Posted in BLM, Daily Posts | Tagged: , , , , , , , , , , , , , , , | 1 Comment »

BLM is Investigating the Helicopter Fly-over at Wild Horse Holding Corrals

Posted by Texas Mustang Project on March 2, 2010

BLM is investigating the helicopter fly-over at Broken Arrow USA / Fallon Facility. A private helicopter flew over and hovered for a few minutes above the Indian Lakes Road Short-term Holding Facility on Sunday, Feb. 14.  The next day a healthy stallion was found dead in the pen by a damaged corral panel. The death is attributed to a fractured neck that resulted from collision with the corral panel caused by the presence of the helicopter. 

Law enforcement rangers with the Bureau of Land Management are investigating the incident. If anyone has information about the incident, please call Mike Marquart at 775-861-6621.

Posted in BLM, Daily Posts | Tagged: , , , , , , , , , , , , , , , , , , , , , , , , , , , , , , , , , | 29 Comments »

You Be the Judge, 10th Edition, February 18, 2010 – Q&A w/ John Neill, Mgr of the Fallon Facility…

Posted by Texas Mustang Project on February 18, 2010

You Be the Judge

10th Edition

February 18, 2010

By: Tracie Lynn Thompson

          On February 08, 2010 I spoke with Mr. John Neill, Manager at the now “infamous” Fallon Facility in Fallon, NV (AKA Indian Lakes Rd Facility or Broken Arrow USA) following the end of the 2009-2010 Calico Wild Horse Gather. Some of these answers you may have heard before, but I’d be willing to bet that you haven’t heard at least a few of ‘em from below. The topics I discussed with Mr. Neill included deeper exploration into:

  • The Colts with Hoof Sloughing
  • Calico Daily Gather Updates – Deciphered
  • The Miscarriages
  • The Calico / Fallon “Orphaned Foal”: Status Update
  • The Windbreaks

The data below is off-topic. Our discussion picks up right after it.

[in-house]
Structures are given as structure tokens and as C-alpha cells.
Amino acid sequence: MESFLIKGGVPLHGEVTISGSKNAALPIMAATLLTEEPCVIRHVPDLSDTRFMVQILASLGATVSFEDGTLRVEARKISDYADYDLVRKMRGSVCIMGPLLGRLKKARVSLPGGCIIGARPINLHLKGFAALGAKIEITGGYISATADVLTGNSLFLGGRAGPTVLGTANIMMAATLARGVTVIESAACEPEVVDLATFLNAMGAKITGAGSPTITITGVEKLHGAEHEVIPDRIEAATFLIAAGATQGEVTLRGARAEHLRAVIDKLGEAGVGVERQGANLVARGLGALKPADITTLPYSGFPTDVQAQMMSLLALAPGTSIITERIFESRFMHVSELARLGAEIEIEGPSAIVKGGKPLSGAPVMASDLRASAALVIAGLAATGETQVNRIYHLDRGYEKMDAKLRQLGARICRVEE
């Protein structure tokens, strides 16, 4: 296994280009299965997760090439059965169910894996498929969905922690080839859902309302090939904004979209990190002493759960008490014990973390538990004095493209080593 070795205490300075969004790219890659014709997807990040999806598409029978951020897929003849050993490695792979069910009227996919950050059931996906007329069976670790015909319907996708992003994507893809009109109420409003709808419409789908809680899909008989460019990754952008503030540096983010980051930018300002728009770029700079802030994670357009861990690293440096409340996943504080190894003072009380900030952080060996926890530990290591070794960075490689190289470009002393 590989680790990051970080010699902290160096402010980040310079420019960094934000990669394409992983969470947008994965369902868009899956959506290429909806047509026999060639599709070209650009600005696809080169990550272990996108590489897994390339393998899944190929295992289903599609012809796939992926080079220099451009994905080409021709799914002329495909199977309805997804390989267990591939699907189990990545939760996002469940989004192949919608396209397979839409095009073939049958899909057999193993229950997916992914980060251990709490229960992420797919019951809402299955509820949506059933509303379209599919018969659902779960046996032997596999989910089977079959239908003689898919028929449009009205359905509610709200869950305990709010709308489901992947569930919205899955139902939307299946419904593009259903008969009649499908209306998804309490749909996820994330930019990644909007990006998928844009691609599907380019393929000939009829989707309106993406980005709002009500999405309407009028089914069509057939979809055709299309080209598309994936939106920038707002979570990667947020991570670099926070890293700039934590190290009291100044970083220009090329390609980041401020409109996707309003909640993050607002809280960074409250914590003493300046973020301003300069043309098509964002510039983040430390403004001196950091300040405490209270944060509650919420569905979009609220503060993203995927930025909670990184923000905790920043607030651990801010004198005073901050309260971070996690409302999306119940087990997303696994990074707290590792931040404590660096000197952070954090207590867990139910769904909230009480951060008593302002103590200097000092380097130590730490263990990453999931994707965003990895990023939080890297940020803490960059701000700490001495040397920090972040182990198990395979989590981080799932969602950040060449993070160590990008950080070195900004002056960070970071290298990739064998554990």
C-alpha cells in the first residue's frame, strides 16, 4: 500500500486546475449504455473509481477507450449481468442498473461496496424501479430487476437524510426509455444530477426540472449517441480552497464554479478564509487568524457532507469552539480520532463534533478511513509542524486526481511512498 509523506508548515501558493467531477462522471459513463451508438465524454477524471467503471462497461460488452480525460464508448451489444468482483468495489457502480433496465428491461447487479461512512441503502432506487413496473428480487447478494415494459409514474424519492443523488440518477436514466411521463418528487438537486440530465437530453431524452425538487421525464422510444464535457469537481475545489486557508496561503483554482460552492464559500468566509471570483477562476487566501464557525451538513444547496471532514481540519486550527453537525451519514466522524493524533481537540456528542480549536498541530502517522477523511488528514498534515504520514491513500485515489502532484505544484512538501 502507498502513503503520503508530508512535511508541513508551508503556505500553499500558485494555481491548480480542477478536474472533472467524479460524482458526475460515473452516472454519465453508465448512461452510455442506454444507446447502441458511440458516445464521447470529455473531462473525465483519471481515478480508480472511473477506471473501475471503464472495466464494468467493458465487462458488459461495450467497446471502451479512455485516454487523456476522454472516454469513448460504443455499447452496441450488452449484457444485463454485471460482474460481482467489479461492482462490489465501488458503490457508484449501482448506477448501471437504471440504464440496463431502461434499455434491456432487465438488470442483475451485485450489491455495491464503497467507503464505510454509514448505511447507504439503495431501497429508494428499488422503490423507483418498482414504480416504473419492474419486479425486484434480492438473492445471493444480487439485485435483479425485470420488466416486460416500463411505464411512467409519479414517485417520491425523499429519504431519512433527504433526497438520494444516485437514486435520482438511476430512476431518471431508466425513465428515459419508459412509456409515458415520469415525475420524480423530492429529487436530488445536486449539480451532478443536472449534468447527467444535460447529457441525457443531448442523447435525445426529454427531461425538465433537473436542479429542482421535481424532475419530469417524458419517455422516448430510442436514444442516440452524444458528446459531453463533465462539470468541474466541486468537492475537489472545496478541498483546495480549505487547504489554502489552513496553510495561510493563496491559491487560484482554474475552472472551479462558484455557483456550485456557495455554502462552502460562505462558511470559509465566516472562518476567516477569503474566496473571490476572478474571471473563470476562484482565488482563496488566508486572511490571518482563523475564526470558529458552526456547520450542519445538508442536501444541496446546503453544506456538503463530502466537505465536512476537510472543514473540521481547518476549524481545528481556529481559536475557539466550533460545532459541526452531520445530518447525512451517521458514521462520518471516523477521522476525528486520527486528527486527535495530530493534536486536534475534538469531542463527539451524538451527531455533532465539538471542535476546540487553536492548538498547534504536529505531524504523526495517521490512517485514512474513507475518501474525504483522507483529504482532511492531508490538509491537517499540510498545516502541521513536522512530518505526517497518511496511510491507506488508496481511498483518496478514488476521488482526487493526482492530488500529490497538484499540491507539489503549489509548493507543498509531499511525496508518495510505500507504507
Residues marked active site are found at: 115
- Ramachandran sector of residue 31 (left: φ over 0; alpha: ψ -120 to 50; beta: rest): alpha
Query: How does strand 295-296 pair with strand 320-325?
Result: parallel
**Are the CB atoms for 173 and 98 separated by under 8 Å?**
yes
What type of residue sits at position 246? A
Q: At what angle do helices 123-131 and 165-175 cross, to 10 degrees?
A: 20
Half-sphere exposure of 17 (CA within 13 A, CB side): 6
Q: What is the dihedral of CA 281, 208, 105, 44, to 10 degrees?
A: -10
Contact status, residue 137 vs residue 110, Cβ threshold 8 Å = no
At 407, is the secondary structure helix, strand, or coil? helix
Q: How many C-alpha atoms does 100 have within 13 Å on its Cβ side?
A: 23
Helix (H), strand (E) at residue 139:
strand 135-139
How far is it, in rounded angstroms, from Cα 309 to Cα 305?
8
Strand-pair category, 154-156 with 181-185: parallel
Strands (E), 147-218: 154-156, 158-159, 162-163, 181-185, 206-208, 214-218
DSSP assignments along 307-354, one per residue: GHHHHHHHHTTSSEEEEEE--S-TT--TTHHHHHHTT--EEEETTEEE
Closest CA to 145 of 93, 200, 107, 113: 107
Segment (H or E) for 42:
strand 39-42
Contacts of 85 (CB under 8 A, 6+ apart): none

• Dietary Concerns & Sorting Concerns

         I requested this conversation with Mr. Neill for a few reasons (curiosity mostly) but more so in response to the many comments and concerns about the communications – or lack of communications – between BLM personnel and the public. Now, I am not in Nevada, nor am I an “observer” of the gather from on site. But I am an observer nonetheless and I am a member of the public.

         For those not familiar with YBTJ Q&A format, these are very candid conversations from both me as the author and from the individual being questioned. I ask questions as pointedly and as bluntly as I can, and I report the answers as they are given to me, albeit checked for spelling and grammar. Mr. Neill proved true to YBTJ form and answered just as candidly as I was asking the questions.

         By the way, I left a few little “clues” throughout this edition –just for those who pick up on ‘em – as a reply to the questions of “what are my issues with this whole situation” and “sneak peaks” at my proposal for better management options. Best I can do at the moment, but of course – more to come later. And don’t forget to check out the great list of references and links at the end!

The Colts with Hoof Sloughing:

T: Medically speaking there is a correlation between nutritional deficiencies and a resultant inflammation – the inflammation being a precursor to the hoof sloughing. Could that be a possibility with these two cases? (1) (2)

Mr. Neill: That did not happen here.

T: Ok. What exactly did happen to these colts that would’ve caused sloughing of their hooves?

Mr. Neill: Extreme trauma to the foot / feet due to traveling too far over rocky terrain, that’s what’s happening there. It isn’t related to a diet change issue or anything nutritionally related. These two colts that have this trauma came in with poor body condition prior to the gather. The gather had nothing to do with their poor condition. The gather did have most likely everything to do with the trauma to their feet.

T: Just so I know that I have this correct, are you saying that the colts had in fact had “their feet run off” as some advocates have charged? Read the rest of this entry »

Posted in BLM, Daily Posts, You Be the Judge Series | Tagged: , , , , , , , , , , , | 14 Comments »

You Be the Judge, 9th Edition, Supporting Documentation

Posted by Texas Mustang Project on February 13, 2010

Some of the supporting documentation for You Be the Judge, 9th Edition – The Ruby Conflict. Just for information and to download if you don’t have them already.Part 1:    

Posted in BLM, Daily Posts, You Be the Judge Series | Tagged: , , , , , , , , , , , , , , , , , , , , , , , , | Leave a Comment »